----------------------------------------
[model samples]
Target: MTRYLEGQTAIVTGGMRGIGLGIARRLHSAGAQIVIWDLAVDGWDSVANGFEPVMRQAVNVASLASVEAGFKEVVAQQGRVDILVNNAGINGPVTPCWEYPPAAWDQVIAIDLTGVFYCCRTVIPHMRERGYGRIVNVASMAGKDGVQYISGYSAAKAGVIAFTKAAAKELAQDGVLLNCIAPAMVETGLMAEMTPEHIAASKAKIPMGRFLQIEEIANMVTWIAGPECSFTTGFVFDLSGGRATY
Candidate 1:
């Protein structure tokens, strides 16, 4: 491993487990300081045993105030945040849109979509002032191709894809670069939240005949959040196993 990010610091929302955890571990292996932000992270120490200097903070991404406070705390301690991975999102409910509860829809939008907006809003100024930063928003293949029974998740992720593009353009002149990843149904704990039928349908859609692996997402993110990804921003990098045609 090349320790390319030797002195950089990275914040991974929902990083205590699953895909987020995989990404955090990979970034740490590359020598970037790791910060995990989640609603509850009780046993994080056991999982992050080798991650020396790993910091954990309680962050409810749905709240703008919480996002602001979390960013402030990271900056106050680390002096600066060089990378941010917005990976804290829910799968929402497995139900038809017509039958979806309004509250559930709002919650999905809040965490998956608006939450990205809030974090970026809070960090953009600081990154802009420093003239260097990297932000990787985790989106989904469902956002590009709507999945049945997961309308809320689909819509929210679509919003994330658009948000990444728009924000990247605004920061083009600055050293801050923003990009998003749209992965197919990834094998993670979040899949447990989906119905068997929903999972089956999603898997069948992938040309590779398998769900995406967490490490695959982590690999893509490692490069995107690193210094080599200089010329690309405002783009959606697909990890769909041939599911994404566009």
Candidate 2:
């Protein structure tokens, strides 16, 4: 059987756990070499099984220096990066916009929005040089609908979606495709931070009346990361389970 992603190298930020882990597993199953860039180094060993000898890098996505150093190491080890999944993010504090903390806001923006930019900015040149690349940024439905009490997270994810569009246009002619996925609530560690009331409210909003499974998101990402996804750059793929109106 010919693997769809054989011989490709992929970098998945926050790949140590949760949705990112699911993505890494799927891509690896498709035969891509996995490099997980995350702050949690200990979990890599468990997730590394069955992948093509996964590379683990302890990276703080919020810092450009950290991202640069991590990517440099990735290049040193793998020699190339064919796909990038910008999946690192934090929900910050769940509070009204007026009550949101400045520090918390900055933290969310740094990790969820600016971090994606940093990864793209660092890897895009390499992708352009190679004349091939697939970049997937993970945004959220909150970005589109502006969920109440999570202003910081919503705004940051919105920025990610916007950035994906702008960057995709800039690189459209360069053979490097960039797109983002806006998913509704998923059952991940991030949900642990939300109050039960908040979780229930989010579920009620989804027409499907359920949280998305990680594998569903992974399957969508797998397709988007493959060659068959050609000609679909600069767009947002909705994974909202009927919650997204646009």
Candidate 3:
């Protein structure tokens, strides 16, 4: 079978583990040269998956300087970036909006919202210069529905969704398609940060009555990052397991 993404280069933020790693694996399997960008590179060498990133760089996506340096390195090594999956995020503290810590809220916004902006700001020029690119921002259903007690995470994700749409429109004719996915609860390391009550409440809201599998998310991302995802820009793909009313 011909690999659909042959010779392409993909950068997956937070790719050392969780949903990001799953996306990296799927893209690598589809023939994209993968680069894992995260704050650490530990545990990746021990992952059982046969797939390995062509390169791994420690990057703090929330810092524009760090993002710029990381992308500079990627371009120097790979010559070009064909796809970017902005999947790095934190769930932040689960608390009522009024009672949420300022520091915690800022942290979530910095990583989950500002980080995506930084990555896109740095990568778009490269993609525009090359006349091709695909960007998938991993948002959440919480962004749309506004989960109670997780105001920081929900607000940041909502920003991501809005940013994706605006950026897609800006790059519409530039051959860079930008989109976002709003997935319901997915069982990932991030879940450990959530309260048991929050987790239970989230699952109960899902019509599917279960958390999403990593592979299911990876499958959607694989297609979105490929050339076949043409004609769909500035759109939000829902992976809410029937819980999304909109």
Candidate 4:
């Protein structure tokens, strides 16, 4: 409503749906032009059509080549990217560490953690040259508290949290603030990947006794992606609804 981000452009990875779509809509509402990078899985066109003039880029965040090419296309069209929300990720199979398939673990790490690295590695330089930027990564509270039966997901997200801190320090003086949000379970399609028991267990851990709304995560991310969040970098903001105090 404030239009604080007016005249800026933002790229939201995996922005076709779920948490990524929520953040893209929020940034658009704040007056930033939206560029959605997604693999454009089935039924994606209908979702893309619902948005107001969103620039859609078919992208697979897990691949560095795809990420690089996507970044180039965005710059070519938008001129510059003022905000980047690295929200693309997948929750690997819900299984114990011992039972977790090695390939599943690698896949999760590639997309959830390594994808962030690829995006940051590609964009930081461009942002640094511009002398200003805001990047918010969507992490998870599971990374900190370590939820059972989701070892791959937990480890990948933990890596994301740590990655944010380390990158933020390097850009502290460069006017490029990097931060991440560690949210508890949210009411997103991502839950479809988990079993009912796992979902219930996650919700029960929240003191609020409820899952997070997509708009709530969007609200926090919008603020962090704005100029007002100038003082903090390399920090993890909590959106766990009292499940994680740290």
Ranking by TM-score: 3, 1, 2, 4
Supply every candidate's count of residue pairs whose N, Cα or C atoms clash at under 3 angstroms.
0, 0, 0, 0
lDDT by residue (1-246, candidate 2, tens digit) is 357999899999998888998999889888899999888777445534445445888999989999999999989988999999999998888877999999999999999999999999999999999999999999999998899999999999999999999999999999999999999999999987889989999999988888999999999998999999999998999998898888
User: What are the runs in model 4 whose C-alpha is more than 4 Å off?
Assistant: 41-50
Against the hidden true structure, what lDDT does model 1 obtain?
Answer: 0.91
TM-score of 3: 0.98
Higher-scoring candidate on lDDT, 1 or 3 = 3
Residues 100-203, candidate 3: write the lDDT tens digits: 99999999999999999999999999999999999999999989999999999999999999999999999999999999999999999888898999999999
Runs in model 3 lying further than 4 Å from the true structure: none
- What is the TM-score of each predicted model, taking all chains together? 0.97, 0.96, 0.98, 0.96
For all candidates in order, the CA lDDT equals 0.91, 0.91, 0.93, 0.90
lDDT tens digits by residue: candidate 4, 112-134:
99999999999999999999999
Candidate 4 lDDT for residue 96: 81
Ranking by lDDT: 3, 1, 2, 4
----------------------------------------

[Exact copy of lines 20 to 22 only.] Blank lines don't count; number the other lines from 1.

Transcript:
Higher-scoring candidate on lDDT, 1 or 3 = 3
Residues 100-203, candidate 3: write the lDDT tens digits: 99999999999999999999999999999999999999999989999999999999999999999999999999999999999999999888898999999999
Runs in model 3 lying further than 4 Å from the true structure: none